A suitable cover such as a hat 34 as indicated in the exemplary bank illustrated in the drawings, is pivotally mounted on the top panel 12 and is movable thereon to and from a raised position in which it is angularly tilted upwardly relative to the plane of the top panel to a lowered position in overlying relationship on the surface of the panel as indicated in phantom in FIGURE 4, and in which position it is disposed in covering relationship over the door 32. The hat 34 as best shown in FIGURE 3, is connected at the edge of its brim to a suitable hinge member 36 which is pivotally mounted to the top panel 12 by means of a pin 38 and incorporates a cam follower arm 40 which is adapted to be disposed in sliding relationship on the periphery of a cam 42 as best shown in FIGURE 5. A suitable counterweight 44 is secured to the hinge member 36 which partly counterbalances the downward gravitational tilting force of the hat but does not completely overcome this tendency whereby the hat is urged toward the downward position by the force of gravity.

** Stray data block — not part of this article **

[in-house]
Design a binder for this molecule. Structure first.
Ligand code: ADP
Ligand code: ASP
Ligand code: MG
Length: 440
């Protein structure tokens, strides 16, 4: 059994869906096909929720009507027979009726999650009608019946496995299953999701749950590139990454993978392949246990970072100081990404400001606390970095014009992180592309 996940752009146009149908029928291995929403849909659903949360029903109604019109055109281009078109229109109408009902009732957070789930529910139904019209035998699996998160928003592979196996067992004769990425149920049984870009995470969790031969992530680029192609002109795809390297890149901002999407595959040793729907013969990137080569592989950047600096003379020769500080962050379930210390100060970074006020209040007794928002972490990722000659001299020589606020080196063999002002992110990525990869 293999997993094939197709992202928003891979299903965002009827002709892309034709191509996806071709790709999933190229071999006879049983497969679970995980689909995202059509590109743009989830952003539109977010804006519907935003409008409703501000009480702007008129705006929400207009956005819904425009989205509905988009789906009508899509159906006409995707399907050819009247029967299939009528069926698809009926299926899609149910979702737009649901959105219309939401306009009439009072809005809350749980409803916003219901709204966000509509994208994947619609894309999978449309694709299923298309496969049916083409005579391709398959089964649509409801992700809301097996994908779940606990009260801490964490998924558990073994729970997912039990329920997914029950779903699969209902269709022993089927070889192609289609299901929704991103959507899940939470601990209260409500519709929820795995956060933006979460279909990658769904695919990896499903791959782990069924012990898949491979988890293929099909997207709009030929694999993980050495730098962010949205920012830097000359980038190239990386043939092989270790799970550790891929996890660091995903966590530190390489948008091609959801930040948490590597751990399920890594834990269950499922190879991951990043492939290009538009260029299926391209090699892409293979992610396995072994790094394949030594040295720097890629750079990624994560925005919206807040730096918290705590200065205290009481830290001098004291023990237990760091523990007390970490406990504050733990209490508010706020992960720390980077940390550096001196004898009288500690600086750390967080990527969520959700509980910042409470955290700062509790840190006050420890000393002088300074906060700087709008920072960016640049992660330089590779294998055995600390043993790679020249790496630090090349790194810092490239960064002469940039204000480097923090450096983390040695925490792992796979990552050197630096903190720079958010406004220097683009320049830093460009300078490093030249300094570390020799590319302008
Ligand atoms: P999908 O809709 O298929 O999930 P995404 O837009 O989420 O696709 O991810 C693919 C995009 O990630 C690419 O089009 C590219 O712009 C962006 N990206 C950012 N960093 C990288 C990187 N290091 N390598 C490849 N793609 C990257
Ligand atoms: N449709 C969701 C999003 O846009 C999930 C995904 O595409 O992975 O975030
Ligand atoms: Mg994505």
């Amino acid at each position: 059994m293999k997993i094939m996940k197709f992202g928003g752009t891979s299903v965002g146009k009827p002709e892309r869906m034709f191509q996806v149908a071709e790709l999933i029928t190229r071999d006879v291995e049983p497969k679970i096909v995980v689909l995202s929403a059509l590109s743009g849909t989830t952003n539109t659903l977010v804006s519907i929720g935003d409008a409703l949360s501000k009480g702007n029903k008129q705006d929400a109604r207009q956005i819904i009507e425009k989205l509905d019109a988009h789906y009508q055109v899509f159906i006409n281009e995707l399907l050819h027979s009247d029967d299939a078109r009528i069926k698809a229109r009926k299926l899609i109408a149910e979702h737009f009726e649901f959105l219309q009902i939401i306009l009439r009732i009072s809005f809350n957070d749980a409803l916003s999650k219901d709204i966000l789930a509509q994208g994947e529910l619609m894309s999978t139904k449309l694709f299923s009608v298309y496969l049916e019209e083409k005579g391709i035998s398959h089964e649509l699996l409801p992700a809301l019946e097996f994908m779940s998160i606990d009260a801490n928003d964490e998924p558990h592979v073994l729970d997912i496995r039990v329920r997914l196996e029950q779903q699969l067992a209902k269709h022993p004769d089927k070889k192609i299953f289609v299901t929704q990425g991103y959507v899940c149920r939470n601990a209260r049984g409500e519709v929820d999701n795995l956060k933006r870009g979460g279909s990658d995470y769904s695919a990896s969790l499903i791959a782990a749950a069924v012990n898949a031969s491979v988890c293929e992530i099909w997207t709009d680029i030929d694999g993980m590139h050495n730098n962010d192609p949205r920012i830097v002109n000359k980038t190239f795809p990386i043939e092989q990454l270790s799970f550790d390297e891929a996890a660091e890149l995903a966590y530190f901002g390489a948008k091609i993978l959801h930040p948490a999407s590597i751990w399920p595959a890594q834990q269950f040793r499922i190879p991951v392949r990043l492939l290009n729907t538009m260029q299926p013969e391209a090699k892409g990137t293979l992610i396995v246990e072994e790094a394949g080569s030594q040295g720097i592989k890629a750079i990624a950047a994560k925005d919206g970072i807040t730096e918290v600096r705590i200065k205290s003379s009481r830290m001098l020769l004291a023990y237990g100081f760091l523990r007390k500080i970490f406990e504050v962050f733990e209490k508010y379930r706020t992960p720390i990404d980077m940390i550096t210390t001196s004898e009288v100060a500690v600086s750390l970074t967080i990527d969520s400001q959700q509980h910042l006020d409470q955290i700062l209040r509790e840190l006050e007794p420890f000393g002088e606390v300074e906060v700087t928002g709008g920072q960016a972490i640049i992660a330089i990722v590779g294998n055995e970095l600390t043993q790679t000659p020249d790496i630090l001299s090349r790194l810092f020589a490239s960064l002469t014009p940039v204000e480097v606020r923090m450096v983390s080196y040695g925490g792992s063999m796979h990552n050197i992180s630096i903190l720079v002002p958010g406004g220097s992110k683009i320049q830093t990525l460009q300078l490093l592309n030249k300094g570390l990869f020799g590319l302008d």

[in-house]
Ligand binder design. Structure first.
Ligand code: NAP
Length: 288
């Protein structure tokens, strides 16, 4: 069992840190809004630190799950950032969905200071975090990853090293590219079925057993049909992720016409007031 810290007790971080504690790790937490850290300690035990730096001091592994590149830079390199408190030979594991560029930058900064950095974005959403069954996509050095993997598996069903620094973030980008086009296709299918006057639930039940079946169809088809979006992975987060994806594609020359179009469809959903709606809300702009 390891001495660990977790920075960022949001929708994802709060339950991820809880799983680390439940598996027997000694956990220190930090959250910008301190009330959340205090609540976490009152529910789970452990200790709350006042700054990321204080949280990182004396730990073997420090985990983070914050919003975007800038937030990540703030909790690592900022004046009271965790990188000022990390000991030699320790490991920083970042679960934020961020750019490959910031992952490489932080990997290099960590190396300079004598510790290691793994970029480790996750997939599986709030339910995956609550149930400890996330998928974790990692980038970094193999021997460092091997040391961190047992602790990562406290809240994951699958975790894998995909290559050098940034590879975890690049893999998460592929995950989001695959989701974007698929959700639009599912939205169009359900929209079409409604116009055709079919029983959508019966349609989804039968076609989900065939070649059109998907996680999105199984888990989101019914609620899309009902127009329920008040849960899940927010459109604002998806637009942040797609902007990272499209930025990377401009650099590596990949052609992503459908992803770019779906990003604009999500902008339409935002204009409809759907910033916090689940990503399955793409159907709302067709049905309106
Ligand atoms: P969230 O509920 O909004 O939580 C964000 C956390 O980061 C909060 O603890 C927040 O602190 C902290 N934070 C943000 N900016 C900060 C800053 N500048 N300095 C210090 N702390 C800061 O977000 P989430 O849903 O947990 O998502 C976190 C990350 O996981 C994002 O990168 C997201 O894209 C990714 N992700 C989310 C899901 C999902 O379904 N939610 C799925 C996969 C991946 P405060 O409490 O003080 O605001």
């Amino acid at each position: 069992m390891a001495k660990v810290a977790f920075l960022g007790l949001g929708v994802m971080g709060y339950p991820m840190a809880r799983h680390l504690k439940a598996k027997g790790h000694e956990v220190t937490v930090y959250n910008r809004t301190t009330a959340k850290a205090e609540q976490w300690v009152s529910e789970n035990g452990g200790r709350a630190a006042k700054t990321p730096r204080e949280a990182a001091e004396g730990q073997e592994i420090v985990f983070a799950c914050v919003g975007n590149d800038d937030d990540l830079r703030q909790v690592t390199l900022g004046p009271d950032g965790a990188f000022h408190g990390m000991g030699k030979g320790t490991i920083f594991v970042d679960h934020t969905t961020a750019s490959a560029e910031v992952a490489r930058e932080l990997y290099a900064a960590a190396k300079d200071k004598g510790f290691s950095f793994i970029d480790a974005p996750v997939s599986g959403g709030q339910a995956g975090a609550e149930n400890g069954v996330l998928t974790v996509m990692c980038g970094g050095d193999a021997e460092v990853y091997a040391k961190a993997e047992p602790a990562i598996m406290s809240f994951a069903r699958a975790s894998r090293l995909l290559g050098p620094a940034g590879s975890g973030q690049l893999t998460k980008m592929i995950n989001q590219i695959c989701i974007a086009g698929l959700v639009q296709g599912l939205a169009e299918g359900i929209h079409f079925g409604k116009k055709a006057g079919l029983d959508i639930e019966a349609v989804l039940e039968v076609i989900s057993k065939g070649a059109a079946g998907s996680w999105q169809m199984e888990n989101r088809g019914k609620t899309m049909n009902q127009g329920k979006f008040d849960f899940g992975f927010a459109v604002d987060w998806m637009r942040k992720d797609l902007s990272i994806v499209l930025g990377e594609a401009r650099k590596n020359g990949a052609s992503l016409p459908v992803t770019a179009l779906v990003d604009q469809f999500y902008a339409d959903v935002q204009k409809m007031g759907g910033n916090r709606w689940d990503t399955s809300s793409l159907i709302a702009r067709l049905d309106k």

Movement of the hat to and from the raised position as shown in solid lines in FIGURE 4 to the lowered position as shown in phantom is achieved in response to rota- 3 tion of the cam 42 in a clockwise direction as viewed in FIGURES 4 and 5. The cam 42 as shown in the drawings in solid lines is disposed in a position corresponding to that prior to initiation of a cycle which also corresponds to the position at which the prior operating cycle is completed. Accordingly, the initiation of rotation of the cam 42 causes the cam follower arm in contact with the periphery thereof to move therealong to a peripheral portion of smaller diameter as shown in phantom in FIGURE 5, enabling downward gravitational movement of the hat 34 from the raised position to the lowered position. When the cam 40 attains a position wherein a ramp surface 46 thereon as shown in phantom in FIG- URE 5, contacts the cam follower arm 40, the hinge member 36 and hat 34 are pivotally moved from the lowered position about the pin 38 to the raised position in which position the hat is retained by virtue of the coaction of the cam follower arm 40 with the high portion of the periphery of the cam 42.